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I have a linear system $$Ax=b$$ which I'm solving approximately, and I need to take the frechet derivative of x with respect to z. Were I solving the problem exactly (either analytically or to machine 0) I'd simply say $$\frac{dx}{dz}\vec{v} = \frac{d A^{-1}b}{dz}\vec{v} = \left(\frac{dA}{dz}A^{-1}\frac{dA}{dz}b + A^{-1}\frac{db}{dz}\right)\vec{v}$$ Since I am not solving the system exactly (2 orders of accuracy say), I thought the best way to get the sensitivity, would be a complex perturbation to the linear system. I.e, solve the linear system, but where it is: $$A(z+i\epsilon {v})x = b(z+i\epsilon\vec{v})$$ And I could then take the imaginary part of x. Will this work the way I want it to? Then if I wanted the adjoint differentiation, of the linear solve, would I give a complex perturbation to the matrix and transpose it?

This is related to my previous question posted here: Derivatives of Approximate Matrix inverses

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    $\begingroup$ It would be useful to have more detail on how you are actually solving the system. The value of the derivative will surely depend on that. $\endgroup$ – Federico Poloni Jul 4 '19 at 9:31
  • $\begingroup$ Also, have you tried automatic differentiation? $\endgroup$ – Federico Poloni Jul 4 '19 at 9:31
  • $\begingroup$ I'm solving it approximately with a point block Jacobi iteration. AD is impractical, and not what I need, as I just need the derivative of the linear system unknown multiplied by a vector. Which is why I suggested the vector perturbation to the linear system solve. $\endgroup$ – EMP Jul 4 '19 at 20:50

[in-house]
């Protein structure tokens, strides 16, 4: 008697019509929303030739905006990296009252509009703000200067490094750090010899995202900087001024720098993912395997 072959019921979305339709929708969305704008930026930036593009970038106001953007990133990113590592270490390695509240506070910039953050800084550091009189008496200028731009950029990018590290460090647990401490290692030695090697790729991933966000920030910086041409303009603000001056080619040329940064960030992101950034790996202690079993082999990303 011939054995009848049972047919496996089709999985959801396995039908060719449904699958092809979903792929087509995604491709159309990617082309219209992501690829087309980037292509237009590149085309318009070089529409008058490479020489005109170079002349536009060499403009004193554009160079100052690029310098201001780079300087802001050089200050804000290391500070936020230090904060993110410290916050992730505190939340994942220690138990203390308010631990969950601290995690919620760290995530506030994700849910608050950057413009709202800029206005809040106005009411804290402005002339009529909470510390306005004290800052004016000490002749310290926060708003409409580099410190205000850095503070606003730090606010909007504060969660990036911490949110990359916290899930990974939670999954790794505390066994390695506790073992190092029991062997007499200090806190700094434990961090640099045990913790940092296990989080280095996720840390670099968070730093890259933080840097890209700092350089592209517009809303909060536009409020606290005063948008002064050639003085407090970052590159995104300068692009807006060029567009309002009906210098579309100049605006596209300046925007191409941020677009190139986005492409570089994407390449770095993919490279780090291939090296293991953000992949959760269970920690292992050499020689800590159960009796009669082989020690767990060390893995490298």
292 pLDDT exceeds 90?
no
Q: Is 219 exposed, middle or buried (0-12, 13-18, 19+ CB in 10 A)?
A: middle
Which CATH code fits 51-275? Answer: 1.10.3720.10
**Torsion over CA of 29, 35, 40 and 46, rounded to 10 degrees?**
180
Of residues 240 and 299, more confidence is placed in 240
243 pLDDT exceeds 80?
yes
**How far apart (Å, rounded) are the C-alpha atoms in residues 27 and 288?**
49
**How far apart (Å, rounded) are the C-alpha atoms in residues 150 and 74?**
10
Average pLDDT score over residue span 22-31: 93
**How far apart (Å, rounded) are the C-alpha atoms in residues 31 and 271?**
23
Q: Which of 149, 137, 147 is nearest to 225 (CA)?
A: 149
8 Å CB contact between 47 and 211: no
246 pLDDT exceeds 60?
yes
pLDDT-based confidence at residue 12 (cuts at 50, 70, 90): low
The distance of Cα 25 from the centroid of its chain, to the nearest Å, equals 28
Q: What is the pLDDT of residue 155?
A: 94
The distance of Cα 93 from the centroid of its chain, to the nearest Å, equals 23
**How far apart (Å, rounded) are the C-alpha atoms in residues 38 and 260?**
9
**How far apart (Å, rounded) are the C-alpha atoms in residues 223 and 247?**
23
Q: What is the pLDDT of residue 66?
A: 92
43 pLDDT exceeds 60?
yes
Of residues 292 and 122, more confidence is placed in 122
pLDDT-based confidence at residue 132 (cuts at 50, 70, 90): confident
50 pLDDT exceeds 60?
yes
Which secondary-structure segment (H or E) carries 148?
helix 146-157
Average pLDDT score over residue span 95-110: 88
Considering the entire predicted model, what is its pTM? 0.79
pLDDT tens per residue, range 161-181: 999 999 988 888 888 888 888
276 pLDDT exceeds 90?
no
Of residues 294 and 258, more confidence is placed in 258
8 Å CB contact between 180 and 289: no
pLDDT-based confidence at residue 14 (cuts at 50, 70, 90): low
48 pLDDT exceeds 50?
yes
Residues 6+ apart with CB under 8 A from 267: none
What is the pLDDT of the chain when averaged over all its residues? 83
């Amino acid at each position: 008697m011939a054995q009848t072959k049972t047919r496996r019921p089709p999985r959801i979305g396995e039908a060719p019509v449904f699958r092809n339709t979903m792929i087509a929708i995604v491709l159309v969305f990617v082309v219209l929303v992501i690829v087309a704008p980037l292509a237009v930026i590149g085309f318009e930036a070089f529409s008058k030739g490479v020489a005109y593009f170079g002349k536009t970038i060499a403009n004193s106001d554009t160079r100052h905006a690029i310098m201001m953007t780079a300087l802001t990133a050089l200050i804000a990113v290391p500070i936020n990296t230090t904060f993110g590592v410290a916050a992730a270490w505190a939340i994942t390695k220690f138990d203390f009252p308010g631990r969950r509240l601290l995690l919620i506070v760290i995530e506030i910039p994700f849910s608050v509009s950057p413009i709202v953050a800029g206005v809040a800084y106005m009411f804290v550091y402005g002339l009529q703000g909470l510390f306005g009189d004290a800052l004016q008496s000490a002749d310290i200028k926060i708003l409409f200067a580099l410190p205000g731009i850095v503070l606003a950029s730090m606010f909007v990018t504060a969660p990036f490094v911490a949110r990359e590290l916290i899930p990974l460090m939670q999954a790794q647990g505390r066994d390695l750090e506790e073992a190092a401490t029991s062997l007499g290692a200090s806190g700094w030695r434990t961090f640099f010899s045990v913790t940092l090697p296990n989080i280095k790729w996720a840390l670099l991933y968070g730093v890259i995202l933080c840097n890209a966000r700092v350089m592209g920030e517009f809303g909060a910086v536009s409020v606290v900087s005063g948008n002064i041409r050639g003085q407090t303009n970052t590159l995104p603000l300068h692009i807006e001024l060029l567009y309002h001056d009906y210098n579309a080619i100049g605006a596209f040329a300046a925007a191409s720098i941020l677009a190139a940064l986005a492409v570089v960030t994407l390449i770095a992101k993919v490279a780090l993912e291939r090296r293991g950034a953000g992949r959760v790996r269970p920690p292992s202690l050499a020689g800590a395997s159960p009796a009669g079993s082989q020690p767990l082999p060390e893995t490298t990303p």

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It does indeed work to linearize the forward mode this way, and will correspond to machine precision. The reverse or adjoint mode doesn't work this way despite my wishes to the contrary. The derivation I posted doesn't correspond exactly to machine precision, but the numerical tests I did showed that the magnitude of the error depends on the linear tolerance of the approximate linear solve and the magnitude of the right hand side.

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    $\begingroup$ Missed this question the first time around, but this would seem to be related to the method described here: blogs.mathworks.com/cleve/2013/10/14/… $\endgroup$ – rchilton1980 Dec 5 '19 at 20:37
  • $\begingroup$ Yea it's exactly complex differentiation but of a process rather than an analytic function and I wasn't sure how it would work with state dependent convergence criteria and the like. Turns out it works well, and more interestingly to me you can use complex differentiation with the derivation I posted to get a decent estimate. Thanks for the reference! I'm only familiar with the Martins paper, didn't realize it came from Moler. $\endgroup$ – EMP Dec 5 '19 at 21:03

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